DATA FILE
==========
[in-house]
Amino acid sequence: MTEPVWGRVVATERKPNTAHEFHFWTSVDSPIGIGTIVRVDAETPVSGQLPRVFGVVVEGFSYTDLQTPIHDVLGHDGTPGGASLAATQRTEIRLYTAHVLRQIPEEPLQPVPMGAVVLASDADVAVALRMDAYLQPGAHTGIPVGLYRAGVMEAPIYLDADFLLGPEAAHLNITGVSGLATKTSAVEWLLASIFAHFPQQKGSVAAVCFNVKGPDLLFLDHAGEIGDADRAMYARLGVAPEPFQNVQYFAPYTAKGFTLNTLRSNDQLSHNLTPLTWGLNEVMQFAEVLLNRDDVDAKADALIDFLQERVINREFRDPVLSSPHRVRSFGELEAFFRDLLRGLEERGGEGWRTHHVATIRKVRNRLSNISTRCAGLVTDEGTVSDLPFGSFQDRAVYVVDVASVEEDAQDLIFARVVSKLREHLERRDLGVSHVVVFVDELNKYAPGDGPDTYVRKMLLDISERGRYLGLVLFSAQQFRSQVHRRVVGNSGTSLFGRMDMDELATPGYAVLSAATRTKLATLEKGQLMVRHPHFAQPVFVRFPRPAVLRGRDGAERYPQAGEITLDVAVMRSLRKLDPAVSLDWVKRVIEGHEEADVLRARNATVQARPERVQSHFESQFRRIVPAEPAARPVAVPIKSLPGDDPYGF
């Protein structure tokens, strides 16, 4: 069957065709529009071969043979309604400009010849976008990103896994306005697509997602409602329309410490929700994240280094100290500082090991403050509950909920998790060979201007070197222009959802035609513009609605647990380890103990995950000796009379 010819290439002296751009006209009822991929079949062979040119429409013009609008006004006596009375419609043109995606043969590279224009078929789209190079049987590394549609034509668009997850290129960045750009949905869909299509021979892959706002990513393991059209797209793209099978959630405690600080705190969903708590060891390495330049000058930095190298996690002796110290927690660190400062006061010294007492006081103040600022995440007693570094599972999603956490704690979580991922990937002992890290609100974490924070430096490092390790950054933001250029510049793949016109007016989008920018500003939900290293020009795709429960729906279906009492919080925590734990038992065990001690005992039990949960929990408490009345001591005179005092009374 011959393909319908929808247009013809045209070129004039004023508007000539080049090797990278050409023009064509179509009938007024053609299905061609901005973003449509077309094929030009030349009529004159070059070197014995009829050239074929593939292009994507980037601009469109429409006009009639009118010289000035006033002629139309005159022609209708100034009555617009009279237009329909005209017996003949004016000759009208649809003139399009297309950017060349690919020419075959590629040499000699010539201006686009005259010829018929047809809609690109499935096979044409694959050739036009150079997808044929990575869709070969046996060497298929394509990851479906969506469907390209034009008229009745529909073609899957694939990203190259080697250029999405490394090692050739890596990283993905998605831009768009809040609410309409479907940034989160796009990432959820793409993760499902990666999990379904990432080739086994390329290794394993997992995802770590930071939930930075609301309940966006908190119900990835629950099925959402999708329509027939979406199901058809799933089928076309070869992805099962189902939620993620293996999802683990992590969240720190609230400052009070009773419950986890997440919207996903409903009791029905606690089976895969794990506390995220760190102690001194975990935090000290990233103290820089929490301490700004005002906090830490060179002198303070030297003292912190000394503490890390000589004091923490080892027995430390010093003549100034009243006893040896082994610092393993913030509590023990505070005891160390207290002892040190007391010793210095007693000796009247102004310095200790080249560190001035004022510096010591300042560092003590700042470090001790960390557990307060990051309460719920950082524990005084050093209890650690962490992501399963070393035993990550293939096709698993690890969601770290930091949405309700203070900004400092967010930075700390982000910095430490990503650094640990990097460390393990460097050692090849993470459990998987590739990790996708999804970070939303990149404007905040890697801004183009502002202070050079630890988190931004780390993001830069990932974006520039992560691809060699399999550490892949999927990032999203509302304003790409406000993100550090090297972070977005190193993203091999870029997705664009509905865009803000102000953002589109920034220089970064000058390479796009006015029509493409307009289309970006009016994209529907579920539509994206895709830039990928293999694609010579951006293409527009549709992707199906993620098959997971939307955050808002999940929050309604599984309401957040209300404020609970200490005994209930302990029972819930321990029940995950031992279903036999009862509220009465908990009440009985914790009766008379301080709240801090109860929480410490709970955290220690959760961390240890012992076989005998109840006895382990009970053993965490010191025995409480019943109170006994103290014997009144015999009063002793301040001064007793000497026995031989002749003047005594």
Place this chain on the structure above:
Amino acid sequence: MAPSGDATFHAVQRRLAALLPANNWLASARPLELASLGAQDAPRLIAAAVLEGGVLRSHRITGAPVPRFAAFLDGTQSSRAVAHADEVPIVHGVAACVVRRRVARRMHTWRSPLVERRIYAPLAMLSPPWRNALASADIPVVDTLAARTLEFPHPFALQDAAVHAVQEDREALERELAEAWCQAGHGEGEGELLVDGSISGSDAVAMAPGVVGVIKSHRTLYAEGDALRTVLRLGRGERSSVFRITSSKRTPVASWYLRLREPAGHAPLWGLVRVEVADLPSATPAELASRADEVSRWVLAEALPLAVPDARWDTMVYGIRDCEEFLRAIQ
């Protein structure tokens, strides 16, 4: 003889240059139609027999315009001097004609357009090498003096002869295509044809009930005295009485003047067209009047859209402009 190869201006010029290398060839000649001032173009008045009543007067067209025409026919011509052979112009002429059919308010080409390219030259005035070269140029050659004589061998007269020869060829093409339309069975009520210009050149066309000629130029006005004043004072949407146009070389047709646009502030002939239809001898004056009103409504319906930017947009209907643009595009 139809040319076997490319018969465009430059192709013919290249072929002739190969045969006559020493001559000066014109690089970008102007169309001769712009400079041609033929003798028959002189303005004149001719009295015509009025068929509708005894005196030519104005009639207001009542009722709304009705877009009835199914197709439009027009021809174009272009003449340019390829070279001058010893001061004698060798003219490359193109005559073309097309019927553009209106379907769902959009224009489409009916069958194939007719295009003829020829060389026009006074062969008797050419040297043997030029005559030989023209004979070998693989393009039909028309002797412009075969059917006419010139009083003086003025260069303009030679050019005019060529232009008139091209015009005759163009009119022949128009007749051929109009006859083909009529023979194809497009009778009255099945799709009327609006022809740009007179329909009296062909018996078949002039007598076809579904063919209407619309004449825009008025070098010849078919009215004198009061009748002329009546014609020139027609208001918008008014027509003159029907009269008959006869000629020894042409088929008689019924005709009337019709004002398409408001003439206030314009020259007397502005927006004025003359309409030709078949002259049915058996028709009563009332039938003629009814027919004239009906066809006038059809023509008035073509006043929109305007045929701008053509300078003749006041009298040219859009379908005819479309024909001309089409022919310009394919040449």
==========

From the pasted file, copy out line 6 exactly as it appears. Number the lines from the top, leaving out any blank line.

């Protein structure tokens, strides 16, 4: 003889240059139609027999315009001097004609357009090498003096002869295509044809009930005295009485003047067209009047859209402009 190869201006010029290398060839000649001032173009008045009543007067067209025409026919011509052979112009002429059919308010080409390219030259005035070269140029050659004589061998007269020869060829093409339309069975009520210009050149066309000629130029006005004043004072949407146009070389047709646009502030002939239809001898004056009103409504319906930017947009209907643009595009 139809040319076997490319018969465009430059192709013919290249072929002739190969045969006559020493001559000066014109690089970008102007169309001769712009400079041609033929003798028959002189303005004149001719009295015509009025068929509708005894005196030519104005009639207001009542009722709304009705877009009835199914197709439009027009021809174009272009003449340019390829070279001058010893001061004698060798003219490359193109005559073309097309019927553009209106379907769902959009224009489409009916069958194939007719295009003829020829060389026009006074062969008797050419040297043997030029005559030989023209004979070998693989393009039909028309002797412009075969059917006419010139009083003086003025260069303009030679050019005019060529232009008139091209015009005759163009009119022949128009007749051929109009006859083909009529023979194809497009009778009255099945799709009327609006022809740009007179329909009296062909018996078949002039007598076809579904063919209407619309004449825009008025070098010849078919009215004198009061009748002329009546014609020139027609208001918008008014027509003159029907009269008959006869000629020894042409088929008689019924005709009337019709004002398409408001003439206030314009020259007397502005927006004025003359309409030709078949002259049915058996028709009563009332039938003629009814027919004239009906066809006038059809023509008035073509006043929109305007045929701008053509300078003749006041009298040219859009379908005819479309024909001309089409022919310009394919040449």